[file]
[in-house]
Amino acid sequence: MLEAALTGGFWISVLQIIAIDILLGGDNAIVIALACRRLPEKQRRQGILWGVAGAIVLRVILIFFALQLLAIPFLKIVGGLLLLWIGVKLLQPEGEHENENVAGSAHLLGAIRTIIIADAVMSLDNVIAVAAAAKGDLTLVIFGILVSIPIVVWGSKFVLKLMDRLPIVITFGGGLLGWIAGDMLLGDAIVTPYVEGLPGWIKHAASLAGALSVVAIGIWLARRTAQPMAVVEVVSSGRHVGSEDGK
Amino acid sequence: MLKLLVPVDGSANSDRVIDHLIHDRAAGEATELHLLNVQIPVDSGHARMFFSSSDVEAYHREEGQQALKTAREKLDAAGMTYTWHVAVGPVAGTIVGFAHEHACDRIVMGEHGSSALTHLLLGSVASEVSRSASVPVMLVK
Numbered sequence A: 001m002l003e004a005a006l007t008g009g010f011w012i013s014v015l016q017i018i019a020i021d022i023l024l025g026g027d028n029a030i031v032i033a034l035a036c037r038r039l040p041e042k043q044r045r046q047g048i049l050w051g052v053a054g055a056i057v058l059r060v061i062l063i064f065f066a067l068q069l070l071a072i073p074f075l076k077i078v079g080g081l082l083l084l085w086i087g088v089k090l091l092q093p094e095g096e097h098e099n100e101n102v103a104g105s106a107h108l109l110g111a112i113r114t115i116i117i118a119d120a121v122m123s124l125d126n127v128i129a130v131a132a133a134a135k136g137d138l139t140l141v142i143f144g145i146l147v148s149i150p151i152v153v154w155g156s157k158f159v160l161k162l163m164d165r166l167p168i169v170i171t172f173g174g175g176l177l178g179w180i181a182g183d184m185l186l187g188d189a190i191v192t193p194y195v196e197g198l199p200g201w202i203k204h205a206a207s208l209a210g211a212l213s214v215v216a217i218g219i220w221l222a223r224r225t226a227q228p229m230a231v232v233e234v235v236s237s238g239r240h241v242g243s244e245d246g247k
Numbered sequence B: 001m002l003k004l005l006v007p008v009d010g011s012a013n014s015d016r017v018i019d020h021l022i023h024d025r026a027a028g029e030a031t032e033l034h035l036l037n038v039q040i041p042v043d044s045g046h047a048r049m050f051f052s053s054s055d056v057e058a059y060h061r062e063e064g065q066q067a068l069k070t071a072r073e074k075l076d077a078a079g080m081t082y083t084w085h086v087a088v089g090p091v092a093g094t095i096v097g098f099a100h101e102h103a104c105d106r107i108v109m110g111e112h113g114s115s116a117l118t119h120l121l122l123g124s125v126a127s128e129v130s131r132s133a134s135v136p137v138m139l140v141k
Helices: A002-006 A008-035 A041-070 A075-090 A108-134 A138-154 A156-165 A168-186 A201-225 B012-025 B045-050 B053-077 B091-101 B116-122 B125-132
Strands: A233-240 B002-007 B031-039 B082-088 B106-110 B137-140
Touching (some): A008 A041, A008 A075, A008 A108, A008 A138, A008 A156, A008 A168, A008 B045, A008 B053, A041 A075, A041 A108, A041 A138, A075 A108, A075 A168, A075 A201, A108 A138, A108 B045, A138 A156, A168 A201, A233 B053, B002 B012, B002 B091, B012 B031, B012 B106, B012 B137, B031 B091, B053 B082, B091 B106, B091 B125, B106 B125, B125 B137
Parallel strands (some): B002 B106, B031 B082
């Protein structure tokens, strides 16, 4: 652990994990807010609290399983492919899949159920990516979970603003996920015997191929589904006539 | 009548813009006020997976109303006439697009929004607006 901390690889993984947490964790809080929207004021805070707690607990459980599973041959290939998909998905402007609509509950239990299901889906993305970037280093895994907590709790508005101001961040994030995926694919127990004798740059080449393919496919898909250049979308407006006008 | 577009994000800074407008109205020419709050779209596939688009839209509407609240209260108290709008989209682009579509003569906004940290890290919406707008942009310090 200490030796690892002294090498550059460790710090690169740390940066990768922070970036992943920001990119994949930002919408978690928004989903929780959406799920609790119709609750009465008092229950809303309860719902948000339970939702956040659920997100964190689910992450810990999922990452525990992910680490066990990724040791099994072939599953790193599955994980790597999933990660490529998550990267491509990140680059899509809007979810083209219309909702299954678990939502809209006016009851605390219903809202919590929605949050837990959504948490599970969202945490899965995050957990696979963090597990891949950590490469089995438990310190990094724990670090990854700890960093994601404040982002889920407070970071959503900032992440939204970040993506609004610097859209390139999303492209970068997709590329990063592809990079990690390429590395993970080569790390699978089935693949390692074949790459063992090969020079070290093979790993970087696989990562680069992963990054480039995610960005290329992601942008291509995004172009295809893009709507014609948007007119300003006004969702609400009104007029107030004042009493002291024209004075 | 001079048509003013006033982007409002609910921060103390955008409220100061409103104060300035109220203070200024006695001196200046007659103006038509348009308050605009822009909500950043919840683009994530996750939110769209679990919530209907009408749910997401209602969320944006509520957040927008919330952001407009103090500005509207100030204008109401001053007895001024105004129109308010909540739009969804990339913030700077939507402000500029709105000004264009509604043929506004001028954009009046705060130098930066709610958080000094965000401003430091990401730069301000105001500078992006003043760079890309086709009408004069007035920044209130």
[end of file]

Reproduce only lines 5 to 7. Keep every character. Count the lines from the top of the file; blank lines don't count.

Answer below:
Numbered sequence B: 001m002l003k004l005l006v007p008v009d010g011s012a013n014s015d016r017v018i019d020h021l022i023h024d025r026a027a028g029e030a031t032e033l034h035l036l037n038v039q040i041p042v043d044s045g046h047a048r049m050f051f052s053s054s055d056v057e058a059y060h061r062e063e064g065q066q067a068l069k070t071a072r073e074k075l076d077a078a079g080m081t082y083t084w085h086v087a088v089g090p091v092a093g094t095i096v097g098f099a100h101e102h103a104c105d106r107i108v109m110g111e112h113g114s115s116a117l118t119h120l121l122l123g124s125v126a127s128e129v130s131r132s133a134s135v136p137v138m139l140v141k
Helices: A002-006 A008-035 A041-070 A075-090 A108-134 A138-154 A156-165 A168-186 A201-225 B012-025 B045-050 B053-077 B091-101 B116-122 B125-132
Strands: A233-240 B002-007 B031-039 B082-088 B106-110 B137-140